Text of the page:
In Finland, teachers are strongly encouraged to assess their students regularly as well as to help their students conduct guided self-assessments to identify where they most need to grow. The Finnish National Curriculum provides teachers with detailed guidance on how to develop and administer assessments for students. Unlike most countries where assessment serves the needs of teachers, principals, evaluators, policymakers, students and parents, Finland’s concept of assessment is explicitly centered on the student and his or her personal growth. According to the curriculum, “it is the purpose of assessment to help the pupil form a realistic image of his or her learning and development, and thus to support the pupil’s personality growth, too.” Assessment begins and ends with the pupil and his or her personal growth trajectory.

In addition to assessments administered by teachers, Finland does require two sample tests to be administered in grades 6 and 9. These tests are used by the Ministry of Education to monitor the progress of the system and ensure that students’ needs are being met, rather than to hold individual schools, teachers, or students accountable.

The one assessment that carries high stakes for students in Finland is the Matriculation Examination. Although the traditional view of the exam is that it gives students the right to apply to university, this perspective is somewhat simplistic, and in fact pathways to university remain open to students even if they do not pass the exam. The exam can be seen as more of a right of passage: it serves as a signal to the broader community that the student has mastered Finnish history, culture, and language and is ready to become an adult participant in the Finnish, and global, society.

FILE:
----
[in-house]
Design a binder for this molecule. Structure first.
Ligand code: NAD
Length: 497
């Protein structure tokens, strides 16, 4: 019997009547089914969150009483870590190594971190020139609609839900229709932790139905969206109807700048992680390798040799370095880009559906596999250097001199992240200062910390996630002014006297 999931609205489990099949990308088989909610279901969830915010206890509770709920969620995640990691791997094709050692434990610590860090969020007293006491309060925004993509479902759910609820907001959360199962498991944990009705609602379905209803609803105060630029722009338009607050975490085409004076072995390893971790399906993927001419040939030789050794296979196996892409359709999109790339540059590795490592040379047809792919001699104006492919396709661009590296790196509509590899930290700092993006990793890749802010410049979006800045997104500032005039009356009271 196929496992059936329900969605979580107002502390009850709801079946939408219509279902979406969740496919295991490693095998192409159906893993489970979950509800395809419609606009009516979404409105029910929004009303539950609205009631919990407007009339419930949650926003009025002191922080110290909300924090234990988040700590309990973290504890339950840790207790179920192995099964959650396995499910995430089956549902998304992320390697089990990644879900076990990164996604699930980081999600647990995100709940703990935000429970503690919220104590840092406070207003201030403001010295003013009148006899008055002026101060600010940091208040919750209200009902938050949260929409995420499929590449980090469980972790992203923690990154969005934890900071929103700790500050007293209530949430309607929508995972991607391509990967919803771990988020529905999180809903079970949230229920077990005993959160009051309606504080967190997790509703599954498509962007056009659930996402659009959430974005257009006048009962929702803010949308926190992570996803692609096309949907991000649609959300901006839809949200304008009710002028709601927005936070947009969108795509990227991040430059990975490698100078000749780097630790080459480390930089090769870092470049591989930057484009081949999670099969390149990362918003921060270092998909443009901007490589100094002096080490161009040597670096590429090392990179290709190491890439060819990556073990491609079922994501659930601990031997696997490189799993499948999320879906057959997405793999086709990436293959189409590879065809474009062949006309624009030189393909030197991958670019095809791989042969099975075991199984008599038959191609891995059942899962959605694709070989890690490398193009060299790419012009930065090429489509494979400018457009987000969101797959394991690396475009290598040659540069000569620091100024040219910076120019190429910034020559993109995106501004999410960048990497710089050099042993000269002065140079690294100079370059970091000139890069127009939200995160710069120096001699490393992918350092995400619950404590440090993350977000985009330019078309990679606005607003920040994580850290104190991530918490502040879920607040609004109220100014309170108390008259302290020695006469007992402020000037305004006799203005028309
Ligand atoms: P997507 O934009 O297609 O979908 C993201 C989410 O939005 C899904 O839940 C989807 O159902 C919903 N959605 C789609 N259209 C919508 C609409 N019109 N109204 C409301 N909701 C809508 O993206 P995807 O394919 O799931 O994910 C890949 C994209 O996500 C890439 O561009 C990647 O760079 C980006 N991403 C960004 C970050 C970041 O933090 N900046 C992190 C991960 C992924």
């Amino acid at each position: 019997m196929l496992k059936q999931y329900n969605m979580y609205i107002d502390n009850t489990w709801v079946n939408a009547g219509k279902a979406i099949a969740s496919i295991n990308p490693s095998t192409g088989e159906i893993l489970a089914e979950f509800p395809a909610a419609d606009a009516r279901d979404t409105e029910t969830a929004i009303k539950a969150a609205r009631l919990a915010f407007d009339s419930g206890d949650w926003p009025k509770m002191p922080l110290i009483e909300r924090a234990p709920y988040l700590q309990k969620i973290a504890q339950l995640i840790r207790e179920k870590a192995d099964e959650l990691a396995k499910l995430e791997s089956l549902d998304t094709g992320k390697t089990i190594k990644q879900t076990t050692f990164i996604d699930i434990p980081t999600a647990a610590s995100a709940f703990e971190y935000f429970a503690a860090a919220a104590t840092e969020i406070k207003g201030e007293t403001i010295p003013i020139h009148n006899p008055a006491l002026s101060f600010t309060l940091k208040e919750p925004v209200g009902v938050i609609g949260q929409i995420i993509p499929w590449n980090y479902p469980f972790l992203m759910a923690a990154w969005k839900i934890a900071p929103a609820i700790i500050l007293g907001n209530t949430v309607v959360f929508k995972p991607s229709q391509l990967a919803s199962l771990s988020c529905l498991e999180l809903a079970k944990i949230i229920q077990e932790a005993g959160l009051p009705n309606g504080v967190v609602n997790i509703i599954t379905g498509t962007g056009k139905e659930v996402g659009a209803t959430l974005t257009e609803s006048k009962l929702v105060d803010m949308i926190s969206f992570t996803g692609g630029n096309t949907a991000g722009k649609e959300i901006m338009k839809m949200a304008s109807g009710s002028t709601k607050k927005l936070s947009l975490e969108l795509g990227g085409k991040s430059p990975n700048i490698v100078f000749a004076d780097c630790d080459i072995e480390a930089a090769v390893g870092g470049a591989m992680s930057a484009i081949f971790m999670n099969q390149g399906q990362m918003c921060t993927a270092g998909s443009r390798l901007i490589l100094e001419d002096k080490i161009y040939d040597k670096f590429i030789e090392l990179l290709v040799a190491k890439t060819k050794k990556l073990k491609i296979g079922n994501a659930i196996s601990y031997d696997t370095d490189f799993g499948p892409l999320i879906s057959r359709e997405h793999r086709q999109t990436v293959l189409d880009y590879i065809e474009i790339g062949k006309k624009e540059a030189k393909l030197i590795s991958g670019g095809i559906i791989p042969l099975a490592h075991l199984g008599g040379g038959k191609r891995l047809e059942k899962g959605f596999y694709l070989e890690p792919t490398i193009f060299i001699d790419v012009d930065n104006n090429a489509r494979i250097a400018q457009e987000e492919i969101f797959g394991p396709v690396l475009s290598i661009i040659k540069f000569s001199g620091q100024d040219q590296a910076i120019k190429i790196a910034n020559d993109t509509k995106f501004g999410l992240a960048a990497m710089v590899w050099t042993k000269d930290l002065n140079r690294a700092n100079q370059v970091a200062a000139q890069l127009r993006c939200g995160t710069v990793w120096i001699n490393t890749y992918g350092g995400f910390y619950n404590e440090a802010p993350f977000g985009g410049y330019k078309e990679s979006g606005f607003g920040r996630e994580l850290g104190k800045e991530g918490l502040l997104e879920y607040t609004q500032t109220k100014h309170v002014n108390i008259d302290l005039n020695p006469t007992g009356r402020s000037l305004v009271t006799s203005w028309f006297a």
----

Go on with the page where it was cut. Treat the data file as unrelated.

Students are required to complete four different examinations as part of the overall exam: one in the student’s native language, and three of the student’s choice (which may include other languages, mathematics, humanities, or the sciences). Students also have the choice to take each exam at either the intermediate or advanced level, provided they take at least one advanced level exam out of four. Exams are graded on a bell curve with seven marks, with the lowest and highest marks reserved for the top and bottom five percent of the distribution. Receiving more than one of the highest mark (“Laudator”) is exceedingly rare. Graduates who do so enjoy substantial preferences in admission to university and future employment.

The structure of any of the Matriculation Exams might look unusual to an audience familiar with standardized tests that require students to complete a battery of multiple-choice items. Except for selected foreign-language tests that measure intermediate reading comprehension skills, the tests are dominated by long-form, free-response essay questions that encourage students to think and write creatively. As Finnish education expert Pasi Sahlberg has written in the *Washington Post**, *the topics of these free response questions are expected to be challenging, controversial, and mature – precisely because the exam is a test of maturity and a rite of passage into adulthood. According to Sahlberg, “College readiness is to be ready to deal with all aspects of the world we live in, not just those that resonate well with your own.” For this reason, students taking exams in the humanities or languages can expect questions that “show their ability to cope” with such topics as “political issues, violence, war, or ethics.” Examples of such questions include: